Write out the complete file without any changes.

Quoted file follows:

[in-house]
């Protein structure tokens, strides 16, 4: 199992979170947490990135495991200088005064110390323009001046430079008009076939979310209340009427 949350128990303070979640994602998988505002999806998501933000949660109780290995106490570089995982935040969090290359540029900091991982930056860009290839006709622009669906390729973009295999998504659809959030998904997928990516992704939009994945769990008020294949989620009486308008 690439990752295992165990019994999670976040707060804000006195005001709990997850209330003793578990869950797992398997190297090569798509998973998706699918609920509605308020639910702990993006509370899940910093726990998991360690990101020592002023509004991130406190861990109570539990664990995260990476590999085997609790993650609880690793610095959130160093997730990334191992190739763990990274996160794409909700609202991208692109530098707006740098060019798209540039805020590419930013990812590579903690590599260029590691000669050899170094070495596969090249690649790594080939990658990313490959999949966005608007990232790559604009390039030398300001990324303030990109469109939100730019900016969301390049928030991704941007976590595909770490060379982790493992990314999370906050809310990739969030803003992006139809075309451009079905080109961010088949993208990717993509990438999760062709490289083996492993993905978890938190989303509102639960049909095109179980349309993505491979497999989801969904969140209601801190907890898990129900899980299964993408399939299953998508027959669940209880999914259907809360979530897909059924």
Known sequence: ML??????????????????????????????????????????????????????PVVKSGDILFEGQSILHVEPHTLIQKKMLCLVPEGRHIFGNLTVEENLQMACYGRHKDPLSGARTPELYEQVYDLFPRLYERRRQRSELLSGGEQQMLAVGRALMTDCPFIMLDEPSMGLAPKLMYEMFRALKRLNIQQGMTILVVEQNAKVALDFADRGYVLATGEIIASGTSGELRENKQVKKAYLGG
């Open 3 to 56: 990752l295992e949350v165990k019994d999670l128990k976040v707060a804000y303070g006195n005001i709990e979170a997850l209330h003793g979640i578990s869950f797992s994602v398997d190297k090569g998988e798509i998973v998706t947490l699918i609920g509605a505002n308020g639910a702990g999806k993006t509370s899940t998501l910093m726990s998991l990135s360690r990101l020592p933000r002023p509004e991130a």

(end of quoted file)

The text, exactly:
[in-house]
């Protein structure tokens, strides 16, 4: 199992979170947490990135495991200088005064110390323009001046430079008009076939979310209340009427 949350128990303070979640994602998988505002999806998501933000949660109780290995106490570089995982935040969090290359540029900091991982930056860009290839006709622009669906390729973009295999998504659809959030998904997928990516992704939009994945769990008020294949989620009486308008 690439990752295992165990019994999670976040707060804000006195005001709990997850209330003793578990869950797992398997190297090569798509998973998706699918609920509605308020639910702990993006509370899940910093726990998991360690990101020592002023509004991130406190861990109570539990664990995260990476590999085997609790993650609880690793610095959130160093997730990334191992190739763990990274996160794409909700609202991208692109530098707006740098060019798209540039805020590419930013990812590579903690590599260029590691000669050899170094070495596969090249690649790594080939990658990313490959999949966005608007990232790559604009390039030398300001990324303030990109469109939100730019900016969301390049928030991704941007976590595909770490060379982790493992990314999370906050809310990739969030803003992006139809075309451009079905080109961010088949993208990717993509990438999760062709490289083996492993993905978890938190989303509102639960049909095109179980349309993505491979497999989801969904969140209601801190907890898990129900899980299964993408399939299953998508027959669940209880999914259907809360979530897909059924």
Known sequence: ML??????????????????????????????????????????????????????PVVKSGDILFEGQSILHVEPHTLIQKKMLCLVPEGRHIFGNLTVEENLQMACYGRHKDPLSGARTPELYEQVYDLFPRLYERRRQRSELLSGGEQQMLAVGRALMTDCPFIMLDEPSMGLAPKLMYEMFRALKRLNIQQGMTILVVEQNAKVALDFADRGYVLATGEIIASGTSGELRENKQVKKAYLGG
């Open 3 to 56: 990752l295992e949350v165990k019994d999670l128990k976040v707060a804000y303070g006195n005001i709990e979170a997850l209330h003793g979640i578990s869950f797992s994602v398997d190297k090569g998988e798509i998973v998706t947490l699918i609920g509605a505002n308020g639910a702990g999806k993006t509370s899940t998501l910093m726990s998991l990135s360690r990101l020592p933000r002023p509004e991130a």